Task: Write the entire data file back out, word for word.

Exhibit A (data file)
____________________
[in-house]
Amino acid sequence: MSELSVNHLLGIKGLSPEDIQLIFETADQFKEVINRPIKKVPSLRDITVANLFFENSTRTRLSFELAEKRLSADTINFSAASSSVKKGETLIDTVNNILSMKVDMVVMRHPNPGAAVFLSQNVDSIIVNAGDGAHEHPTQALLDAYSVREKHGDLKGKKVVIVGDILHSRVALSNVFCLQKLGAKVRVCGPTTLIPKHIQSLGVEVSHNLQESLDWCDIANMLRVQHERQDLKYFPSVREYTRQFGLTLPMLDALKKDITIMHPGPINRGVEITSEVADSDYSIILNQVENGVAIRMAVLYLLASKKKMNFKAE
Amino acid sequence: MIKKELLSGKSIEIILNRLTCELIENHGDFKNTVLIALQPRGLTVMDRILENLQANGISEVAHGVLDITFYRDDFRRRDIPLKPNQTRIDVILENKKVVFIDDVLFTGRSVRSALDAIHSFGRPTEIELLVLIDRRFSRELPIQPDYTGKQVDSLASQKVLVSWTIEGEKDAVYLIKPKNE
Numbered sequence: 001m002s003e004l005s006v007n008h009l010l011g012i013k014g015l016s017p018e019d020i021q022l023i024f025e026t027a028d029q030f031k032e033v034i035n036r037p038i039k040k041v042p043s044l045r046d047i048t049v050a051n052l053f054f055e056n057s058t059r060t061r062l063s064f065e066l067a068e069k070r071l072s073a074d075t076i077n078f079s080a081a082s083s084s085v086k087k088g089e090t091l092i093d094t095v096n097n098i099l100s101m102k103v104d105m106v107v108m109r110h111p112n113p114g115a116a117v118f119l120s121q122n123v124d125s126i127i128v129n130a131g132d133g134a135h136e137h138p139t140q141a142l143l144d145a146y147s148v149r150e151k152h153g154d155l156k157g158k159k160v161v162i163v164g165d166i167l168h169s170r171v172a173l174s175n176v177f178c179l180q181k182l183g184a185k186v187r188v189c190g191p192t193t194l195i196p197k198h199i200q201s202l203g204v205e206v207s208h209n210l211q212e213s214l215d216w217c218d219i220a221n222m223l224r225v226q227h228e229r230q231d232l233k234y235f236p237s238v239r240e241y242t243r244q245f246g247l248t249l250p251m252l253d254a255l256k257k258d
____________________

[in-house]
Amino acid sequence: MSELSVNHLLGIKGLSPEDIQLIFETADQFKEVINRPIKKVPSLRDITVANLFFENSTRTRLSFELAEKRLSADTINFSAASSSVKKGETLIDTVNNILSMKVDMVVMRHPNPGAAVFLSQNVDSIIVNAGDGAHEHPTQALLDAYSVREKHGDLKGKKVVIVGDILHSRVALSNVFCLQKLGAKVRVCGPTTLIPKHIQSLGVEVSHNLQESLDWCDIANMLRVQHERQDLKYFPSVREYTRQFGLTLPMLDALKKDITIMHPGPINRGVEITSEVADSDYSIILNQVENGVAIRMAVLYLLASKKKMNFKAE
Amino acid sequence: MIKKELLSGKSIEIILNRLTCELIENHGDFKNTVLIALQPRGLTVMDRILENLQANGISEVAHGVLDITFYRDDFRRRDIPLKPNQTRIDVILENKKVVFIDDVLFTGRSVRSALDAIHSFGRPTEIELLVLIDRRFSRELPIQPDYTGKQVDSLASQKVLVSWTIEGEKDAVYLIKPKNE
Numbered sequence: 001m002s003e004l005s006v007n008h009l010l011g012i013k014g015l016s017p018e019d020i021q022l023i024f025e026t027a028d029q030f031k032e033v034i035n036r037p038i039k040k041v042p043s044l045r046d047i048t049v050a051n052l053f054f055e056n057s058t059r060t061r062l063s064f065e066l067a068e069k070r071l072s073a074d075t076i077n078f079s080a081a082s083s084s085v086k087k088g089e090t091l092i093d094t095v096n097n098i099l100s101m102k103v104d105m106v107v108m109r110h111p112n113p114g115a116a117v118f119l120s121q122n123v124d125s126i127i128v129n130a131g132d133g134a135h136e137h138p139t140q141a142l143l144d145a146y147s148v149r150e151k152h153g154d155l156k157g158k159k160v161v162i163v164g165d166i167l168h169s170r171v172a173l174s175n176v177f178c179l180q181k182l183g184a185k186v187r188v189c190g191p192t193t194l195i196p197k198h199i200q201s202l203g204v205e206v207s208h209n210l211q212e213s214l215d216w217c218d219i220a221n222m223l224r225v226q227h228e229r230q231d232l233k234y235f236p237s238v239r240e241y242t243r244q245f246g247l248t249l250p251m252l253d254a255l256k257k258d